I'll be praying for you! My dad was an ophthalmologist, so when I started reading your post and saw "light flashes", I cringed.

    Hope you heal up quickly and completely!

  3. Great that you caught it in time, good lady, and that the words will still be there for you.

  4. In most cases (cases not being traumatism, I mean), it's because the eye overworks, and it strains to see, spraining the retina (hell, I can't explain it in english ¬¬). Which is what happened to you :(

    Good luck!!

  5. I am SO relieved you caught it! And now you shall be on the road to recovery! Let me know how it goes today!

  6. a severely nearsighted gal myself (uh...20/700 vision), I can totally sympathize with this...Feel better soon...Glad you caught it early!

  7. Brizmus - Thanks! I'm hoping to hear good news today.

    Jon - Thank you!

    Karen - Yep, that's insta-cringe.

    Simon - Yes! I was distraught at the thought of permanent vision damage. What would I do without my words?

    Barnsdale - You did a fabulous job explaining in English!

    Frankie - Thanks for being my chauffeur!

  8. Goodness. Well, I hope everything clears up fast and you're back to 100% healthy! I don't know what I'd do w/o sight. :( Something we take for granted, huh?

  9. So glad you're okay! Thanks for the Mayo Clinic link; it's always good to have these facts floating around in the back of the brain.

  10. I'm so glad it was caught in time! I've been dealing with chronic bilateral iritis (inflammation in the iris; I have it in both eyes, lucky me), or "Broken Eyeball Syndrome", for over two years now, and remember all too well how frightening it was to wake up one morning with swollen eyeballs and extremely blurry vision. I've been undergoing treatment for it, and while my vision isn't as good as it used to be, I can still work and drive and most importantly, read books! I hope your eyeballs recover quickly and and your vision stays strong!

  11. That is terrifying! Glad you caught it in time. Hope all goes well in recovery!

    (And on a completely unrelated note, I chose this, one of my favorite blogs, to pass along my first blog award to. Check it out!:

  12. Oh my gosh! I'm so glad you're ok. Those pictures totally cracked me up, by the way. I'm so glad you caught this in time. Sounds like you'll have a full recovery. Can't imagine anything more difficult than a writer losing their sight!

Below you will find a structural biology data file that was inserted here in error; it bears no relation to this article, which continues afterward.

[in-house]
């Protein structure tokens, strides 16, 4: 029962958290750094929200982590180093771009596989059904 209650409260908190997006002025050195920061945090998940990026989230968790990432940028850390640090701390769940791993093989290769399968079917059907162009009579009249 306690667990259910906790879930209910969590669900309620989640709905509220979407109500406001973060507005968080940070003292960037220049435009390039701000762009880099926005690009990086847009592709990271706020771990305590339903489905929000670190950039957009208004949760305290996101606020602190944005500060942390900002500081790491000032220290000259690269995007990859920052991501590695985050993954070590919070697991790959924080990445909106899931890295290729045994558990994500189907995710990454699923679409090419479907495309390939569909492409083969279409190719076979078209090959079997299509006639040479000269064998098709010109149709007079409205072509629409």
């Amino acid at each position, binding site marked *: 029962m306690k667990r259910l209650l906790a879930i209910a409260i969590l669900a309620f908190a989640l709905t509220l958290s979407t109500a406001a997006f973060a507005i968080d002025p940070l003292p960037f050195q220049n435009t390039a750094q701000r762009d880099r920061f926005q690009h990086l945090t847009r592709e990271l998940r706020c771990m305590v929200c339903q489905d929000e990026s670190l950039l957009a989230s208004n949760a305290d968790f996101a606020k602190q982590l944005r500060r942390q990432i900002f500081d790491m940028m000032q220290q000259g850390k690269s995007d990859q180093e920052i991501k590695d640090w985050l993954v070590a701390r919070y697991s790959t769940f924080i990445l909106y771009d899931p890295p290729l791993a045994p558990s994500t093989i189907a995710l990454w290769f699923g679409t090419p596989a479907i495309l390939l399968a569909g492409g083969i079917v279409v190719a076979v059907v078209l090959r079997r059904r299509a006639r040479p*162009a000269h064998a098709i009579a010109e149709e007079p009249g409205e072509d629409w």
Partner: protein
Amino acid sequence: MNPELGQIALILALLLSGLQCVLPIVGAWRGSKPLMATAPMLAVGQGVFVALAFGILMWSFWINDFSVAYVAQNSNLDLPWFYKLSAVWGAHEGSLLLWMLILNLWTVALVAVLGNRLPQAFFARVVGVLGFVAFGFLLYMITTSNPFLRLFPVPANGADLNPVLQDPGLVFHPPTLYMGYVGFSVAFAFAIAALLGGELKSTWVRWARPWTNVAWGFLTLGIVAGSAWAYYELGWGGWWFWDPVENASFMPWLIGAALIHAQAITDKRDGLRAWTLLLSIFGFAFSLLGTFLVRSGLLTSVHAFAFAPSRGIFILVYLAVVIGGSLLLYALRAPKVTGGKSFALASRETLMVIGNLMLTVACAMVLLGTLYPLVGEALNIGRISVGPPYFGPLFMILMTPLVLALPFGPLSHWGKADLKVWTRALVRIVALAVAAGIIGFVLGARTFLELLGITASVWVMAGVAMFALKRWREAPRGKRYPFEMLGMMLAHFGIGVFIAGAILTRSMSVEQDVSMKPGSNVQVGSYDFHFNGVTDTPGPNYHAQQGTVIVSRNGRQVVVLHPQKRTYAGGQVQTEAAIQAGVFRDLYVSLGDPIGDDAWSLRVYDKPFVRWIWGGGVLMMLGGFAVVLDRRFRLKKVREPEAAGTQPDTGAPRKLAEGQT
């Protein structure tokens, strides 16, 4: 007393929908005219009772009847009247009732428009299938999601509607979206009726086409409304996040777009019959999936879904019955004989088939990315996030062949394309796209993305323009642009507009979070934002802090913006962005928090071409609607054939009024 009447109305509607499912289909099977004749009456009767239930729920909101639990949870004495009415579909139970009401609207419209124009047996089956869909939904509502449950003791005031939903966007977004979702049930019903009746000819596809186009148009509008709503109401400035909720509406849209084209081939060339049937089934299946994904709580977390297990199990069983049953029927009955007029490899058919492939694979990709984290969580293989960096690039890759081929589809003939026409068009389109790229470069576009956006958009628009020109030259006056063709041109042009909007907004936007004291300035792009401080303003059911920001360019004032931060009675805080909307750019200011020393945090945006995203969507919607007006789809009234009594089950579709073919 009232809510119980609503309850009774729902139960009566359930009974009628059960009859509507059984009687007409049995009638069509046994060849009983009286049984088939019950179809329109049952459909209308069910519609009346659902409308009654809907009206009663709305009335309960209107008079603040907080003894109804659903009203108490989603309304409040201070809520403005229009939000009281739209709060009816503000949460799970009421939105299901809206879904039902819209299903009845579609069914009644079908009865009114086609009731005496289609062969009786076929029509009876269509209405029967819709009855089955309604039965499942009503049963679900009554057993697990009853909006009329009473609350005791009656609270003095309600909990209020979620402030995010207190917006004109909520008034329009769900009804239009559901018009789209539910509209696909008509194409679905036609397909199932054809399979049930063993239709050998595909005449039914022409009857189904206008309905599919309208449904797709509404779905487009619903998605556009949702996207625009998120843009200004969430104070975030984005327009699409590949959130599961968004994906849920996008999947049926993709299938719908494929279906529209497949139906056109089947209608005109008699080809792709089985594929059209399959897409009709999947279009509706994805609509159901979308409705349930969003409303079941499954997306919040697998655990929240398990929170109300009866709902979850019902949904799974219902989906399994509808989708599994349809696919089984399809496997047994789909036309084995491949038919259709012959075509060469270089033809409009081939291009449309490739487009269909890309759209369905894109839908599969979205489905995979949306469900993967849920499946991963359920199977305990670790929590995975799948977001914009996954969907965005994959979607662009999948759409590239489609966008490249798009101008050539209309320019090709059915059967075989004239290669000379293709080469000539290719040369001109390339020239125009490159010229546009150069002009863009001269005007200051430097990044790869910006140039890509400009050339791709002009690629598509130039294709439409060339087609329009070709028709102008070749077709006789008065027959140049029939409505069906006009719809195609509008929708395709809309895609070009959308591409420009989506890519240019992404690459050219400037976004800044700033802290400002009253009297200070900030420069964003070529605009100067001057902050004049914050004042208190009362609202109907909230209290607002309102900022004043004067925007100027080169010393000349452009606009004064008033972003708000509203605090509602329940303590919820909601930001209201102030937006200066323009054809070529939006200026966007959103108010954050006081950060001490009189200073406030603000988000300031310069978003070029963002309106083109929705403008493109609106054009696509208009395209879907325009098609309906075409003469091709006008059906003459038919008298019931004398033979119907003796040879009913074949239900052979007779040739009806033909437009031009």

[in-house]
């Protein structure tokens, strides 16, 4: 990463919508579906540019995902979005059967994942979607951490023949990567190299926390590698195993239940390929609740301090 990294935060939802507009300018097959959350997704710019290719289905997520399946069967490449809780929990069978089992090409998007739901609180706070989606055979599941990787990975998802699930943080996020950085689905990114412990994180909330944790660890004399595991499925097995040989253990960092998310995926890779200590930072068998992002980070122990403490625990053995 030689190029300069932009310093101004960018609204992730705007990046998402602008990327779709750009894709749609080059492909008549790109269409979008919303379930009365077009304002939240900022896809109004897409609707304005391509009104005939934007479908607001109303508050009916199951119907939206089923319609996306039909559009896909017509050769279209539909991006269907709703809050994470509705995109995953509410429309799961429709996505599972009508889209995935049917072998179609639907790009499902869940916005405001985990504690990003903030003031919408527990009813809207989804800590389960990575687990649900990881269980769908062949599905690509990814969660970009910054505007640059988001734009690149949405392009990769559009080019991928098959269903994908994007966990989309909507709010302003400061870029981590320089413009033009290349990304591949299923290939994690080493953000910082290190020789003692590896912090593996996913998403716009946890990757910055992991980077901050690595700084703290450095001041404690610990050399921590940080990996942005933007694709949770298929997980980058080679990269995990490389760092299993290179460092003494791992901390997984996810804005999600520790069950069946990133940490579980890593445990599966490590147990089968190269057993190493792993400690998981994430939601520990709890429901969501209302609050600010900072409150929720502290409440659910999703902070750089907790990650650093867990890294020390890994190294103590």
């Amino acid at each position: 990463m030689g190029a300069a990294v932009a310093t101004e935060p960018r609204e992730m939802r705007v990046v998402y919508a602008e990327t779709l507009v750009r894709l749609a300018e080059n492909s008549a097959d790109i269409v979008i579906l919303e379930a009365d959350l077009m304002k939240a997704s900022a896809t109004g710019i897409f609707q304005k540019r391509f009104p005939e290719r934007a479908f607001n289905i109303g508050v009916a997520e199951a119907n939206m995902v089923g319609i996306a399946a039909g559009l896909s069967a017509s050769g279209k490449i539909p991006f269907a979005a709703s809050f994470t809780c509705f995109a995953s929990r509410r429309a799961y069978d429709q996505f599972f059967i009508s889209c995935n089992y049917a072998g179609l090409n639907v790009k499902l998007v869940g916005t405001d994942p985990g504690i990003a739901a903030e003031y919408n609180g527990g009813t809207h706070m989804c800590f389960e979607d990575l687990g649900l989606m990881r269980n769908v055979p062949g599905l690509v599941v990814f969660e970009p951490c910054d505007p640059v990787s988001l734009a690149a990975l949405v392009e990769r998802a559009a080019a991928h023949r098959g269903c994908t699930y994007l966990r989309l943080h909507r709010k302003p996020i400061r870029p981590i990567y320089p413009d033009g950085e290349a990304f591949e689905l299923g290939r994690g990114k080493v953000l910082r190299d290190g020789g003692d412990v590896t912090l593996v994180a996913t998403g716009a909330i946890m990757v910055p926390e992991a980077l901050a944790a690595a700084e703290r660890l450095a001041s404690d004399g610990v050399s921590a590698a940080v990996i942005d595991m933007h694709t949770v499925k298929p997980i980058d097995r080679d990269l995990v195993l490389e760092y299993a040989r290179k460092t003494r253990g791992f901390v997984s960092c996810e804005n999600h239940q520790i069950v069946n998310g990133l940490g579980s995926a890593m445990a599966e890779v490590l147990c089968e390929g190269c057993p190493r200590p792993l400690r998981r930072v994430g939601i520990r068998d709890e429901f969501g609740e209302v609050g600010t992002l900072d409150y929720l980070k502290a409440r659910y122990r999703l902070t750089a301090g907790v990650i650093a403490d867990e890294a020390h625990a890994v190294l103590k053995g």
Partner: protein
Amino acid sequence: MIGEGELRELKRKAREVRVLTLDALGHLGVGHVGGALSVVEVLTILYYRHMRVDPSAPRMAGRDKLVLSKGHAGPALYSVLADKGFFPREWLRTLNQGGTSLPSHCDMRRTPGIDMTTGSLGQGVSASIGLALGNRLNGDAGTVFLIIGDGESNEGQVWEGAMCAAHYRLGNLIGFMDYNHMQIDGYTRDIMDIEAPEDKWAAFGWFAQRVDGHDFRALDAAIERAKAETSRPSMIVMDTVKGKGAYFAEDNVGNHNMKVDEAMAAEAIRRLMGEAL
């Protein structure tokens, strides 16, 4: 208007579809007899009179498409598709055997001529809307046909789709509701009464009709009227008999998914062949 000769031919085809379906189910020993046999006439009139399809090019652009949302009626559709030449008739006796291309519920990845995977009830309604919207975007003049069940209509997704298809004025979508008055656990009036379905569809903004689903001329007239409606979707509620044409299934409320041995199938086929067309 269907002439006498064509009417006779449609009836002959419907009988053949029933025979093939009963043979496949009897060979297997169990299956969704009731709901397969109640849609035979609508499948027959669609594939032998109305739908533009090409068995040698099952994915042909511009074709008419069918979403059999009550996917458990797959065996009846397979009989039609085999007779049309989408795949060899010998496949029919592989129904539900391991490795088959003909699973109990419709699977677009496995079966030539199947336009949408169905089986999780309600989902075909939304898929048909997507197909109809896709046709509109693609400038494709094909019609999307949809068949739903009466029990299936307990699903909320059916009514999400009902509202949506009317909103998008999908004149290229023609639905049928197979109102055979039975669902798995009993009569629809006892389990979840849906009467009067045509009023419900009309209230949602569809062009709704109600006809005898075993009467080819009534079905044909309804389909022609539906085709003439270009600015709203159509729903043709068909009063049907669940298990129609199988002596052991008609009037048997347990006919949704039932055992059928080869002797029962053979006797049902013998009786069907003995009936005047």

13. Holly - Yikes! Your world is even more blurry than mine!

    Jessica - Yes, it took awhile for it to hit me that my sight will be permanently affected, though hopefully not too badly.

    AB - You're welcome! This is one situation where knowledge = fabulous.

    Lisa-Marie - That sounds very unpleasant -- I've never even heard of it! Here's to a long life of reading and driving!

    LiLa - Glad you liked my latest foray into the Paint program. Sometimes I wonder if anyone else thinks they're funny, because I totally have a ball drawing them. So far, the news is good, so I'm keeping my fingers crossed!

  14. Wow, Donna. I am so sorry you had to go through that. Hope you're all better soon.

    As someone who's survived a ruptured brain aneurysm, accompanied by Terson's Syndrome (a hemorrhage in my retina), I can certainly sympathize. After two and a half months of being essentially blind in one eye, I had three operations on that eye. That was more than 4 years ago, and I can see fine (with a certain amount of permanent blurring; I've learned to live with it). It's really amazing what they can do with eye surgery now.

    But I know EXACTLY what you mean when you say "What would I do without my words?" I spent my recuperation period listening to audio books, but did very little else.

    I heartily agree that ANY unusual symptoms (in my case, severe headaches) should never be ignored. If something just isn't right, get it checked out.